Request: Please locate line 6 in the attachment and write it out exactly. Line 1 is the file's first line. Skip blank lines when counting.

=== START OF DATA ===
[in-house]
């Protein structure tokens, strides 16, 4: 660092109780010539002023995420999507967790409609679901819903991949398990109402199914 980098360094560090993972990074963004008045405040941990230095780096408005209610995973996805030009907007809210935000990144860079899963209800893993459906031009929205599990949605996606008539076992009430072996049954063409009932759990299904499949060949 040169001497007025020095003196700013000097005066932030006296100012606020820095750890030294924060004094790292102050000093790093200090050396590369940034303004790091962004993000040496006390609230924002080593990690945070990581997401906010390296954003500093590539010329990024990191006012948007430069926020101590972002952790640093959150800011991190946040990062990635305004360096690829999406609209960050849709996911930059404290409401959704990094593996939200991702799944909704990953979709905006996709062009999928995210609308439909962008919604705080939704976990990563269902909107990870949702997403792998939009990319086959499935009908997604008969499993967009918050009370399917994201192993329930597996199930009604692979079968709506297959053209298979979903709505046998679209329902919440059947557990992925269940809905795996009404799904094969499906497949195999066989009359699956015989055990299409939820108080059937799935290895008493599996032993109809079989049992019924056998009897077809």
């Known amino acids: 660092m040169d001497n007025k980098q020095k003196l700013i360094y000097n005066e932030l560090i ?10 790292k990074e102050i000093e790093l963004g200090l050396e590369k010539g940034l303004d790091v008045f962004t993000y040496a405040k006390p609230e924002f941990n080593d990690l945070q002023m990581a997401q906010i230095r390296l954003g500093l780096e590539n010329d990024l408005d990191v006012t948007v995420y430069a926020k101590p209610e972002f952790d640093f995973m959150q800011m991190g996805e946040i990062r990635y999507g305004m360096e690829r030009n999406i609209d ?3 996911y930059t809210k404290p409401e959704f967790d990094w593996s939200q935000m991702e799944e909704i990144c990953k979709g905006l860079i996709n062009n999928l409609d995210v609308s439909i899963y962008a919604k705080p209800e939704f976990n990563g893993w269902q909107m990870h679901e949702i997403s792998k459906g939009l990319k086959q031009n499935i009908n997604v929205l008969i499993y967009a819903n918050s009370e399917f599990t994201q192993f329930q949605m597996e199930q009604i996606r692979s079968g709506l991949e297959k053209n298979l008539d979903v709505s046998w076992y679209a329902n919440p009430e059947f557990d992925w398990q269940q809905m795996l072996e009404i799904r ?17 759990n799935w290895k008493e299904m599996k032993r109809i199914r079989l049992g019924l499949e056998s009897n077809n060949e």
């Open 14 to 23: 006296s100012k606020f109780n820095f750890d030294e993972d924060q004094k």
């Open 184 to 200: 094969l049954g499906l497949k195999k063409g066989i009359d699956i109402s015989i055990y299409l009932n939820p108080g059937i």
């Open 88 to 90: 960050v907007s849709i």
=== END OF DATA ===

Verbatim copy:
């Open 88 to 90: 960050v907007s849709i």